I went to a baseball game over the weekend. It still amazes me when the song YMCA plays age just doesn’t matter. Young and old come together to loudly sing and make the letters with their hands and arms. You can’t help getting swept away the beat and just the lifting of spirits the song requires. Hard to stay in a bad mood when that song is played.
Here is a bit of trivia.
1.Do you know what YMCA stands for?
Young Men’s Christian Association (YMCA)
2. Do you know who the audience the Village People were trying to reach?
Down and out city dwellers. The band’s front man, Victor Willis, based the lyrics on his own experiences and wanted to reach out to young urban Black youth. The band’s costumes also say all youth are welcome at the YMCA as it provides more than just a place to stay to get off the streets.
3. Do you know the meaning behind the lyrics?
First verse: if you are homeless and broke you have a place that will take you in to take care of your basic needs.
Second verse: the YMCA can help you get your life back on track so swallow your pride and come in to get help so you can fulfill your dreams.
Third verse: the people at YMCA have common lives who faced dire straits, depression, and just a feeling no one cared, but it is here you will find people who see you favorably and want to help you succeed.
4. Do you know how the YMCA dance came to be?
In 1979, the song was played on “American Bandstand”, and it was the audience that created the hand and arm letter moves to spell out YMCA. It stuck and has been one of the most iconic songs charted on billboard charts.
5. Do you know where the music video to YMCA was filmed?
It features a real YMCA branch in Manhattan, New York. It is the one that Village People’s Randy Jones (AKA Cowboy) frequented when he first came to Manhattan in the mid 70’s.
I thought about the YMCA song’s intention by uplifting young men and to empower them to take the control back so they can be successful in all areas of life. It was a great moment to sing out the lyrics and know it is a fun song with a powerful message. Discouragement can be overwhelming for young people. My podcast is about my week of listening to heart-broken displaced families. So many stressors and nowhere to take them. Resolution seems so far away or even impossible.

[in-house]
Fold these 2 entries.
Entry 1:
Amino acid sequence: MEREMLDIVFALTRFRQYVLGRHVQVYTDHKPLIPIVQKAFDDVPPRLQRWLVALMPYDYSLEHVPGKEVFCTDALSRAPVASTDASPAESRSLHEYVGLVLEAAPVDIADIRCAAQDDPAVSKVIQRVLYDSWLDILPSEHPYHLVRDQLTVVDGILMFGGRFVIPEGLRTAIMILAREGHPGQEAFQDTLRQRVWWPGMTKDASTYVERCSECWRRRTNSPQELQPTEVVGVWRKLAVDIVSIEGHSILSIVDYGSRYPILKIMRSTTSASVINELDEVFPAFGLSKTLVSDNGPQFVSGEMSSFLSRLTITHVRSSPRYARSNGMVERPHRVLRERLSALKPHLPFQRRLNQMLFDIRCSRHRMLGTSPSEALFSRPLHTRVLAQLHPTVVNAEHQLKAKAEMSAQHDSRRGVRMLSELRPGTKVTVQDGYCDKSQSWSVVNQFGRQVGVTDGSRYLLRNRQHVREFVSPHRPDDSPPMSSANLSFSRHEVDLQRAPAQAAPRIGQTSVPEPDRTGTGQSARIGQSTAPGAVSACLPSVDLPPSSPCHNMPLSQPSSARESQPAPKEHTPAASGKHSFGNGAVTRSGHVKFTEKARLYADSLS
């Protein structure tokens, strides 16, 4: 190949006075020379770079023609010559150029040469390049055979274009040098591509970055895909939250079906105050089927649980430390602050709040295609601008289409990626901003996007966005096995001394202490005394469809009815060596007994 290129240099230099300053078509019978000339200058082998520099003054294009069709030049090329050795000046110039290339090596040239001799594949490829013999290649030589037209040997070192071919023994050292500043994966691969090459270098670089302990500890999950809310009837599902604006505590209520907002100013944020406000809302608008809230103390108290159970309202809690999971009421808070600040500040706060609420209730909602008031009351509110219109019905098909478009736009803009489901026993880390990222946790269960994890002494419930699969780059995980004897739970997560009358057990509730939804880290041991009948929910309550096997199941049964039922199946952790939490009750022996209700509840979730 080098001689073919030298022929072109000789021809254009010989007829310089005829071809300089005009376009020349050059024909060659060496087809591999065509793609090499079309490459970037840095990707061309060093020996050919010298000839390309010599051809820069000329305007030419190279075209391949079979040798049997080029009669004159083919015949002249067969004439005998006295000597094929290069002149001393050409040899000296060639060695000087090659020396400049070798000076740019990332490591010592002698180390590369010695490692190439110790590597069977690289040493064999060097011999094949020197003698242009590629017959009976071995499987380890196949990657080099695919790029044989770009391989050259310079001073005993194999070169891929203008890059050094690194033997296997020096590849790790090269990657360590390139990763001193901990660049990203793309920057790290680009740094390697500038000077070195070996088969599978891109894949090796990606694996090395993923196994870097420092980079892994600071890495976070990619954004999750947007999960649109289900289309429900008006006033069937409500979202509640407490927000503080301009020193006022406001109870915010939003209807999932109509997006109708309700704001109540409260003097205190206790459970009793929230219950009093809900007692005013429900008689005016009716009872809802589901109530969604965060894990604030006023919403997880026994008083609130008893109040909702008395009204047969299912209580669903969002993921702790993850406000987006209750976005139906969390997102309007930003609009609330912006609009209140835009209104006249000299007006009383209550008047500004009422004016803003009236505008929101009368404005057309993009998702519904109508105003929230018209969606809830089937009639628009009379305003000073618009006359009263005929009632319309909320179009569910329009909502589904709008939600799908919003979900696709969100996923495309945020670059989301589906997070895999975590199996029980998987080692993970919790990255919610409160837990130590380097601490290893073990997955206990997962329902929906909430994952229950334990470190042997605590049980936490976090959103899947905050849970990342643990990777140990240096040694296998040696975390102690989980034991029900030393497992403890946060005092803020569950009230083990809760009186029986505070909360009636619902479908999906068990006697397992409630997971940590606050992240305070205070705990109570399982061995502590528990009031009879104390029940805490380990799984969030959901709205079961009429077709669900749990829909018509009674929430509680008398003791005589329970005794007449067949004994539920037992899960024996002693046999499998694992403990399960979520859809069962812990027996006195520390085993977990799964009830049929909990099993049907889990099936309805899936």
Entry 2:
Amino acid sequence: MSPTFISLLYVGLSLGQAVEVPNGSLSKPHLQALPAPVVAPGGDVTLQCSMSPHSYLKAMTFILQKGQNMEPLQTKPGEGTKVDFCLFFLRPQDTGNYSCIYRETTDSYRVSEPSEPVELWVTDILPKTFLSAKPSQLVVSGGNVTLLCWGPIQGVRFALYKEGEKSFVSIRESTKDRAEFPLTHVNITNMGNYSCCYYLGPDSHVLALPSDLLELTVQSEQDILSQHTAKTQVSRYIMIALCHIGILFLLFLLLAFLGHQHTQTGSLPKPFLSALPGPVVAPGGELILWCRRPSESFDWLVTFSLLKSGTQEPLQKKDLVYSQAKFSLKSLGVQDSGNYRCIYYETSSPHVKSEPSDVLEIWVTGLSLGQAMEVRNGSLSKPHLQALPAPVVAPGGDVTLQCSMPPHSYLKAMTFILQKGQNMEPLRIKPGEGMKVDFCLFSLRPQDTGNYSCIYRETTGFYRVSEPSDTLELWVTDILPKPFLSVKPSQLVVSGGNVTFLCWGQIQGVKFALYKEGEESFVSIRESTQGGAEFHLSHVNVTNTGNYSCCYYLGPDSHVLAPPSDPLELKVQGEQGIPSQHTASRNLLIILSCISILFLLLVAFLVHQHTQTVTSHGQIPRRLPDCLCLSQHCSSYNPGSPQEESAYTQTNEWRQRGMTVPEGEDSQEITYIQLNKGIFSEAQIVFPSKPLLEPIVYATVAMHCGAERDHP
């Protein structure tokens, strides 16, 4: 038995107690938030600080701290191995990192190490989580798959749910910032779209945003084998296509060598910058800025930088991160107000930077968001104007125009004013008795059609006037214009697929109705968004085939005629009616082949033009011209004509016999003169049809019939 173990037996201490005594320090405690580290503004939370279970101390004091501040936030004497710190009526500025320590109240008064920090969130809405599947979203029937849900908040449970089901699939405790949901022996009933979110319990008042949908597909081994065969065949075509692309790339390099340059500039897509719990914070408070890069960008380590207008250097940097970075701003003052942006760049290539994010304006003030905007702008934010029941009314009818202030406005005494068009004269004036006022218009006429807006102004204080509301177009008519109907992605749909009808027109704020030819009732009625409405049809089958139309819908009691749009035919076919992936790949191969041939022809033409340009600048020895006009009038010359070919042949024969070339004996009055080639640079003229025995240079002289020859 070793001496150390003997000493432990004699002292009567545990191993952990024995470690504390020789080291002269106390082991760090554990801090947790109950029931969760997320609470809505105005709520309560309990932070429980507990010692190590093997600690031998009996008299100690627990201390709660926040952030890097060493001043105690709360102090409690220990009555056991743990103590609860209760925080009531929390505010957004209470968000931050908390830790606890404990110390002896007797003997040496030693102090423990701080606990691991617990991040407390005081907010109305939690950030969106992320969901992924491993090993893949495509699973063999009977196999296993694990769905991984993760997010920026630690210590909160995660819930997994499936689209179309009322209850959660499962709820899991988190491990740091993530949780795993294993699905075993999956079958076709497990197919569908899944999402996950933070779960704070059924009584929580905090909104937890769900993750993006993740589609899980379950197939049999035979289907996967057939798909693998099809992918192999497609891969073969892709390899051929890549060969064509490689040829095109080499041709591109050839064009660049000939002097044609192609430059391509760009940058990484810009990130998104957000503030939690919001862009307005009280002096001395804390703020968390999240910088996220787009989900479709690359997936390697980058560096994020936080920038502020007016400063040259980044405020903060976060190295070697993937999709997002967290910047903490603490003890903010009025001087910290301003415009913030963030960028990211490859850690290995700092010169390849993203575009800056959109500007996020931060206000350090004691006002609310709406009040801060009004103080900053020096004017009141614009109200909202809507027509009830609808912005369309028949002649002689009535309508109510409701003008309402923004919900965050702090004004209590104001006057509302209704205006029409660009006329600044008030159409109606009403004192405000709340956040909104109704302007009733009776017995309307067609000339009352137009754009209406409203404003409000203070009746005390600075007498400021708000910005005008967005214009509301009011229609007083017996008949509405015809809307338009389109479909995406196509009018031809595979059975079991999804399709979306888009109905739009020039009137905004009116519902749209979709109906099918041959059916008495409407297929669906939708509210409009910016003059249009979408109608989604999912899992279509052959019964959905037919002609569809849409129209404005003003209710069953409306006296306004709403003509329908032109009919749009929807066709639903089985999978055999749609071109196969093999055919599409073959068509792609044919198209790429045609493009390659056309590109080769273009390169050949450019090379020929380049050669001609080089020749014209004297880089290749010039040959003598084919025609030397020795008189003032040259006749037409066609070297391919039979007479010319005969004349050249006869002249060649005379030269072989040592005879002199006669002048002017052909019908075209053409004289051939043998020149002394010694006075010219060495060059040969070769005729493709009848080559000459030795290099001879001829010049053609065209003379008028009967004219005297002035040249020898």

Like this song speaking to youth and their potential, I read the Apostle Paul’s advice to the young Timothy.
“Don’t let anyone look down on you because you are young, but set an example for the believers in speech, in conduct, in love, in faith, and in purity” (1 Timothy 4:12).
Enjoy the song and just listen to the lyrics to find so many nuggets of hope and value of our youth. Prayers for our children and how culture has warped so many aspects of their lives. May they find the love and communication they crave as I present some examples from my week on my pod cast.
Politics matter “saying no to mastectomy or hormone therapy or questioning gender identity decisions is not neglect. Parents should have no say in their kids’ health.”
Washington Democrats passed a bill SB 5599 that states if a minor runs away form home, they can receive “gender affirming care” including surgeries without parental consent and without the state being compelled to tell the parents where their child is.
The compelling reasoning for the bill is to protect trans kids from abusive households. But there is NO requirement that abuse is even alleged.
They define another reason to keep this from parent is the youth is “seeking or receiving protected health care services.”
“Protected health care services” means gender affirming treatment as defined in RCW 74.09.675. This included facial feminization surgeries, breast reductions, or breast implants.
It is to the point that a parent even questioning your kid’s newly claimed identity is abusive.
Who is using kids to show how evolved they are on gender identity? Where will they be when a broken child is finally returned to the family? Where will they be if the child regrets the decisions that are now irreversible.
Blessings to you all,